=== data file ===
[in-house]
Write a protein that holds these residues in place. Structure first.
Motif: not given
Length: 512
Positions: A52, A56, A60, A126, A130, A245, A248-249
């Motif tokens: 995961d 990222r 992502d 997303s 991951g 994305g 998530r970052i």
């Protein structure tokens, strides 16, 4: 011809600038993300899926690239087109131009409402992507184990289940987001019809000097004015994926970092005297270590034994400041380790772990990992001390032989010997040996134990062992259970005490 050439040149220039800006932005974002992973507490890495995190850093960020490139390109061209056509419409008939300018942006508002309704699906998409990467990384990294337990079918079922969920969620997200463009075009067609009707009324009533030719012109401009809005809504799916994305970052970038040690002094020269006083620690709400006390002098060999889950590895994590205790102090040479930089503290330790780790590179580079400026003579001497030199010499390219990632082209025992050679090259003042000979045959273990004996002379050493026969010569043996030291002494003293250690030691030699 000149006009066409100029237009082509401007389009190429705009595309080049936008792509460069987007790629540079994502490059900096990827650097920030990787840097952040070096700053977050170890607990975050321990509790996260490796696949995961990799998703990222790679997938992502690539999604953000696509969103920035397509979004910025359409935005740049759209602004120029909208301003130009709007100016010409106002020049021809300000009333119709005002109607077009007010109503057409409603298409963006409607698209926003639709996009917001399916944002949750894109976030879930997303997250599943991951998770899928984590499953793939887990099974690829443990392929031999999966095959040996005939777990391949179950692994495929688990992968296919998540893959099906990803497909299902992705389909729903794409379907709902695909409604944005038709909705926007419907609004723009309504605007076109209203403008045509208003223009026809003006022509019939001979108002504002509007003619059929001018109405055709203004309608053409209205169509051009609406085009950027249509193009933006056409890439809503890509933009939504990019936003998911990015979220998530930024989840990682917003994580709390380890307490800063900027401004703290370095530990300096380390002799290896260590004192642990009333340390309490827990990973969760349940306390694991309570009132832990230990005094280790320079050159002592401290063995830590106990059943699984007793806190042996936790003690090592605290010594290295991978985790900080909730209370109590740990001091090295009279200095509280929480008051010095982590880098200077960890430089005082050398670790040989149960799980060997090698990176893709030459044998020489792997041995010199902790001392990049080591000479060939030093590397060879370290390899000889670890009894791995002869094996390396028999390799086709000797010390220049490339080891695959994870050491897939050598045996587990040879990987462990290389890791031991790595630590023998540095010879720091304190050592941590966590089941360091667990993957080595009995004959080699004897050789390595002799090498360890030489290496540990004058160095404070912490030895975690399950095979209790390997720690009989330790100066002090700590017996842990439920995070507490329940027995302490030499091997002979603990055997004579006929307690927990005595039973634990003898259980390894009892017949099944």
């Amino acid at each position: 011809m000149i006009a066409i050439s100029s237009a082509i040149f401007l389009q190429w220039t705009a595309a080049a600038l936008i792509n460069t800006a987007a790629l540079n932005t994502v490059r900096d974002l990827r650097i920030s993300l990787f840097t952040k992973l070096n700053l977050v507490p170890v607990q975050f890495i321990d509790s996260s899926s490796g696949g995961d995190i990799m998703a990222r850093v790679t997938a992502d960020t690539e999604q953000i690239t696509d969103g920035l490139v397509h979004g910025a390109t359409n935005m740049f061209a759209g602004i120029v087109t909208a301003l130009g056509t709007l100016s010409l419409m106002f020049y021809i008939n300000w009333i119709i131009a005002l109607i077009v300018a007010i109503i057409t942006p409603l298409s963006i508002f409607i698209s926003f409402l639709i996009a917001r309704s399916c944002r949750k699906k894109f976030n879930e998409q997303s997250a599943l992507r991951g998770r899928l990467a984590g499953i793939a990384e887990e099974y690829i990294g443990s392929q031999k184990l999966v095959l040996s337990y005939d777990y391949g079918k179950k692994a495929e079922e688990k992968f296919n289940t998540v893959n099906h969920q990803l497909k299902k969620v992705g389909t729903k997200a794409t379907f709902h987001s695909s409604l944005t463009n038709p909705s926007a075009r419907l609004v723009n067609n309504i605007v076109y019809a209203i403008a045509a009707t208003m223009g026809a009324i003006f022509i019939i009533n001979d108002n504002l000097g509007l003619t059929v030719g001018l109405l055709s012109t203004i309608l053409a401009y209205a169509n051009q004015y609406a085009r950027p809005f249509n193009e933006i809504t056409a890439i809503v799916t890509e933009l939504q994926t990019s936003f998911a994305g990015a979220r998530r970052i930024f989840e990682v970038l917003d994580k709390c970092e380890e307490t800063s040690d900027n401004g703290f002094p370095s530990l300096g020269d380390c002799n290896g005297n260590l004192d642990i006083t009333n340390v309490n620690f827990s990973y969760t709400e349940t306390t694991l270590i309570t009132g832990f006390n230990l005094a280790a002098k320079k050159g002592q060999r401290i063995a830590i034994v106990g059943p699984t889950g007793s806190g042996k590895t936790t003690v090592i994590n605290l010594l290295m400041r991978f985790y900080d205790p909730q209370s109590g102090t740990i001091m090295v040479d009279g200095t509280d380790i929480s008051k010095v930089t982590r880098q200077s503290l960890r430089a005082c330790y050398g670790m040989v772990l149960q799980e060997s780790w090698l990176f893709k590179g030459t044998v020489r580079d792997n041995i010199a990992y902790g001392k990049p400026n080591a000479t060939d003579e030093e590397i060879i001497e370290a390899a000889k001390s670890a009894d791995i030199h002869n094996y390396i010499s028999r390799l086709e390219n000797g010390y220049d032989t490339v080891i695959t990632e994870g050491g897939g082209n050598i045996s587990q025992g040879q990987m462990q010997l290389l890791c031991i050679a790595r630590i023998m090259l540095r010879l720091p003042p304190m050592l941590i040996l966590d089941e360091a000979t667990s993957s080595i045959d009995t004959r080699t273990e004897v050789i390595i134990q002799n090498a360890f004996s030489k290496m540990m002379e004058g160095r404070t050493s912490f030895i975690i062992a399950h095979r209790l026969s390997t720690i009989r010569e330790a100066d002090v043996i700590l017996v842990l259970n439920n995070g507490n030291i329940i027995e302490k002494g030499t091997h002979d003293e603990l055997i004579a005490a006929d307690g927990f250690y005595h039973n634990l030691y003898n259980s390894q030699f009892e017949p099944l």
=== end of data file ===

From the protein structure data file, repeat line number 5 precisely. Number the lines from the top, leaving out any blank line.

Positions: A52, A56, A60, A126, A130, A245, A248-249